And, you know what? You recognized that you needed to change the view and you did. THAT is a win, too. Joy is in school, she's ready and she's going to do great once she adjusts.

Keep on nurturing that little mustard seed, my friend. xo

Anonymous said...

What Niksmom said.

That Joy came home no worse for the wear (save the teeth marks) is truly a victory. Seems she will have a say on how much inclusion she will have, eh?

Your ability to 'change your view' so quickly is remarkable. This post is evidence (to me) of your excellent ability to guide Joy's education. (Hoping you take fewer hits to the nose if even occasional tears.) Hugs, BRatK

DolphinHugger said...

I respectfully submit that there are no “right set of expectations”. Though I have no experience of my own, my understanding is that the first day of school does a number on all sorts of moms of all sorts of kids. I believe Joy will make her own way, in her own time. And so will JoyMama. Love and hugs--DolphinHugger (who is also a JoyMamaHugger :)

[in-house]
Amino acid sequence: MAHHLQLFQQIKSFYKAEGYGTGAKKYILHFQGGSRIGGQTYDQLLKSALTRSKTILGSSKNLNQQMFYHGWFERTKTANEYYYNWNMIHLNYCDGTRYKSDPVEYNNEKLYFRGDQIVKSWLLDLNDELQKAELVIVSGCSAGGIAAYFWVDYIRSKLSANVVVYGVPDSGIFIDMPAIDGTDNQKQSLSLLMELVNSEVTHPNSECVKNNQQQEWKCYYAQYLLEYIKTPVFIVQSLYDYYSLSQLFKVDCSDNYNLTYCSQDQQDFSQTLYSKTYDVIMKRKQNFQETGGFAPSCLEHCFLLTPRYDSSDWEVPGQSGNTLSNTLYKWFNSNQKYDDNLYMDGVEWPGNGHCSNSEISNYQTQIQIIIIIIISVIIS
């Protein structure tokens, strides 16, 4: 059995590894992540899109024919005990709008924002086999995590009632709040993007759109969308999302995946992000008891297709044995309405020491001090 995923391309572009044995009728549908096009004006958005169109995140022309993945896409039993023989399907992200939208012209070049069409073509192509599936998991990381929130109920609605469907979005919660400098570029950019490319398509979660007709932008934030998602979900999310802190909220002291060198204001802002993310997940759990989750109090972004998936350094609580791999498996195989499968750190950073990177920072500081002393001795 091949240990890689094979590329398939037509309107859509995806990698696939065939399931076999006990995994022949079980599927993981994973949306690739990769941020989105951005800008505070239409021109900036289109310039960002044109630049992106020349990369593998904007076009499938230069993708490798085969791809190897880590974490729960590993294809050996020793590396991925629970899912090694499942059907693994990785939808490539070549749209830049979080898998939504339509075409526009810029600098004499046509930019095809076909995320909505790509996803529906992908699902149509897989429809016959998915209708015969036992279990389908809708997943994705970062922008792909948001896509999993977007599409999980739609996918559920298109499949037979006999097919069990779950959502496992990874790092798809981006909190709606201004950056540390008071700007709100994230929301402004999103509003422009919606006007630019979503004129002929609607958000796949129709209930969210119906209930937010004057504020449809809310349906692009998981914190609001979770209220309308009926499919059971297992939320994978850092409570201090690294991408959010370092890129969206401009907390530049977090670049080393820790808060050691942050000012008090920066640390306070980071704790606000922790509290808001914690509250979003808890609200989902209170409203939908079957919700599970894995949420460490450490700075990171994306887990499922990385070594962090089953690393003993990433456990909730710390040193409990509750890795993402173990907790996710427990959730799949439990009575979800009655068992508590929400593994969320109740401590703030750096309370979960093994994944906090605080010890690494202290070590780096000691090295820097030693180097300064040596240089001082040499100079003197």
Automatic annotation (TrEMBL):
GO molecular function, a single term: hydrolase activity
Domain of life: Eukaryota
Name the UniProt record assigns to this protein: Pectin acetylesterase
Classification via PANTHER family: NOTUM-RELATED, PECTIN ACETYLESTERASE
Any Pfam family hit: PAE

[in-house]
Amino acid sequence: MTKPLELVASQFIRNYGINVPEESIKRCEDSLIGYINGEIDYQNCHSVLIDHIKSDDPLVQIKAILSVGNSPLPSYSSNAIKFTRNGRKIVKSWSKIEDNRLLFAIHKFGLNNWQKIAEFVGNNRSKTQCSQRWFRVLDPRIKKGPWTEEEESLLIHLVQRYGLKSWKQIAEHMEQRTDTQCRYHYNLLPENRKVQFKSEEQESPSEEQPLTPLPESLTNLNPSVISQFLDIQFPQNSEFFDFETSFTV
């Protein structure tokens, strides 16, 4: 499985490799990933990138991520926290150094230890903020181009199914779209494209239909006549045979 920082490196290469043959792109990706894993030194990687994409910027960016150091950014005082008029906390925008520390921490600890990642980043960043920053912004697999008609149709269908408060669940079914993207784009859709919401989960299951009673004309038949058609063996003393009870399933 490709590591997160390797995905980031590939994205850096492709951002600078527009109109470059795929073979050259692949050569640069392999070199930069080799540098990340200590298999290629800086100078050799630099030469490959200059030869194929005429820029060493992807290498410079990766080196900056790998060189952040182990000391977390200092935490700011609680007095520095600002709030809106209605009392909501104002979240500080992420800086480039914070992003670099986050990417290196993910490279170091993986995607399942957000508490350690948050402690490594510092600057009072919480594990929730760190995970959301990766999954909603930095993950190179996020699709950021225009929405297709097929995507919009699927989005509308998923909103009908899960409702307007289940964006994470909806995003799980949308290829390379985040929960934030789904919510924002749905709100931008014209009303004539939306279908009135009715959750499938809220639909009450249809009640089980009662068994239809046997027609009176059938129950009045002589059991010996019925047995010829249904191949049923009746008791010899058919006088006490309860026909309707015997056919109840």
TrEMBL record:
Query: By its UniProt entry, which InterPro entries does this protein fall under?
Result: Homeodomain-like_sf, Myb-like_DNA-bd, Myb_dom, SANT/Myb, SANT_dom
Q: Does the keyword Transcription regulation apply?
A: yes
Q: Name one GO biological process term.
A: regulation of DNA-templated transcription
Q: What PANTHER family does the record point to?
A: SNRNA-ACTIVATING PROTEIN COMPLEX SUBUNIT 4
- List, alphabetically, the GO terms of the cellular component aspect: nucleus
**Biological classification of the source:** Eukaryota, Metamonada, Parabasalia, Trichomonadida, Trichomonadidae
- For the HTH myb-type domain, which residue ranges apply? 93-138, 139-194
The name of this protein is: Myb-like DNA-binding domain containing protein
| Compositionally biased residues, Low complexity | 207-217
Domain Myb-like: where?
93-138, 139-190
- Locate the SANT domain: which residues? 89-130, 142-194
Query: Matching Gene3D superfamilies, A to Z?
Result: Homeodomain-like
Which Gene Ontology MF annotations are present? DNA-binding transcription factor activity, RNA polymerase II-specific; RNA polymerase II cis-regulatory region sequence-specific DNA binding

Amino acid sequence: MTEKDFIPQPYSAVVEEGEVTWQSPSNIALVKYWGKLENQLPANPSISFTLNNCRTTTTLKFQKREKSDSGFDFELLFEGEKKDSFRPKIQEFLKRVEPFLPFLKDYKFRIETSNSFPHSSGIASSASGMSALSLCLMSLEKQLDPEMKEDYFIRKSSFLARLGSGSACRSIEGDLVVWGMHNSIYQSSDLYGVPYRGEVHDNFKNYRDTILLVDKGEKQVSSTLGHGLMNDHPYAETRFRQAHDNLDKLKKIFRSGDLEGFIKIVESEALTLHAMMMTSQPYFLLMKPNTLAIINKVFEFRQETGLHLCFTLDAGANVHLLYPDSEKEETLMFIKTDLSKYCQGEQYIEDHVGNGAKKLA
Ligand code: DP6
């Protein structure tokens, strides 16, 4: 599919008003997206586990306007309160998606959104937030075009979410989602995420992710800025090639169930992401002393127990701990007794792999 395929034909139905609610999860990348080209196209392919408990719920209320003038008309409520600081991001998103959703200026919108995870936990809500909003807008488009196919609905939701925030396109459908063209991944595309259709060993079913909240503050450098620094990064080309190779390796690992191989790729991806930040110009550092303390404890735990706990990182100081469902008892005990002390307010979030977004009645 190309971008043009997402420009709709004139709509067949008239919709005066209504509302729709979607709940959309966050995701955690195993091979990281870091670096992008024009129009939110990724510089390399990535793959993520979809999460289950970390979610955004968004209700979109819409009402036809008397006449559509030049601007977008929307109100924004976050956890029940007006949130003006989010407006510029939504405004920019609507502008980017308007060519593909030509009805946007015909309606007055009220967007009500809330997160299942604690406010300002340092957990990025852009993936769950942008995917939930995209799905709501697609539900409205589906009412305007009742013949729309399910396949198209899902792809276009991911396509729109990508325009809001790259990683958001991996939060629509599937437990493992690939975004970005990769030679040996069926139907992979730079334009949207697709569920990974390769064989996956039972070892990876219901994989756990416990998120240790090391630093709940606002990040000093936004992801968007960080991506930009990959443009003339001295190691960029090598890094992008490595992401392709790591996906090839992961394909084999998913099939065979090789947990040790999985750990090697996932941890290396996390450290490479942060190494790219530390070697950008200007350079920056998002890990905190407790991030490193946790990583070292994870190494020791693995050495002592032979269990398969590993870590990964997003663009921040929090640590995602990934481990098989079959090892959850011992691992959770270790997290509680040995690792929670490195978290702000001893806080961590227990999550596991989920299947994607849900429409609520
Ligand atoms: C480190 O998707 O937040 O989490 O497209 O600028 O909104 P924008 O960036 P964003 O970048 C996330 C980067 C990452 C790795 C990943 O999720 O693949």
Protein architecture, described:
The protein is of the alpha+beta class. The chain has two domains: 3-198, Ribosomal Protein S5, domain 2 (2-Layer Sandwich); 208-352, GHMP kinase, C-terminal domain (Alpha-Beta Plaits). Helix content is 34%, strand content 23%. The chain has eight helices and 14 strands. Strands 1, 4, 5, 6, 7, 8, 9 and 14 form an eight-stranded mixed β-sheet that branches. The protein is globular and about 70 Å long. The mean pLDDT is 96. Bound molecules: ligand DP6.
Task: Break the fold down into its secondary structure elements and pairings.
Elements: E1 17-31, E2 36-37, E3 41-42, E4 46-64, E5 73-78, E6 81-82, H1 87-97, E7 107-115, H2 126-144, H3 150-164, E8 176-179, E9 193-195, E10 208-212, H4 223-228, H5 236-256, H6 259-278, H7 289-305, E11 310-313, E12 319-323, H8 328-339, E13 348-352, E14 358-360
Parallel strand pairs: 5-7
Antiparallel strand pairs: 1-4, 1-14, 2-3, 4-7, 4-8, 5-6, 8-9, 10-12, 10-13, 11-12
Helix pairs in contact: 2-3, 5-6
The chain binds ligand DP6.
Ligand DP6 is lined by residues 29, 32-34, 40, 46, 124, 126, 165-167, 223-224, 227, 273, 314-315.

kristina said...

You already know this, but one day at a time---or maybe more like morning/afternoon/evening (I often divide tough days into those units and think, ok, we just have to get through each).

When Charlie still went to a public elementary school, I often overlooked things like parking problems (because everyone wants to see their kindergartener dropped off on the first day), cookies and food available that it wouldn't be the best for Charlie to eat when he first got to school. I'd be so caught up in my own prep.

If we don't have high expectations for our kids, who will?----keep them up. Charlie has surprised us so many times.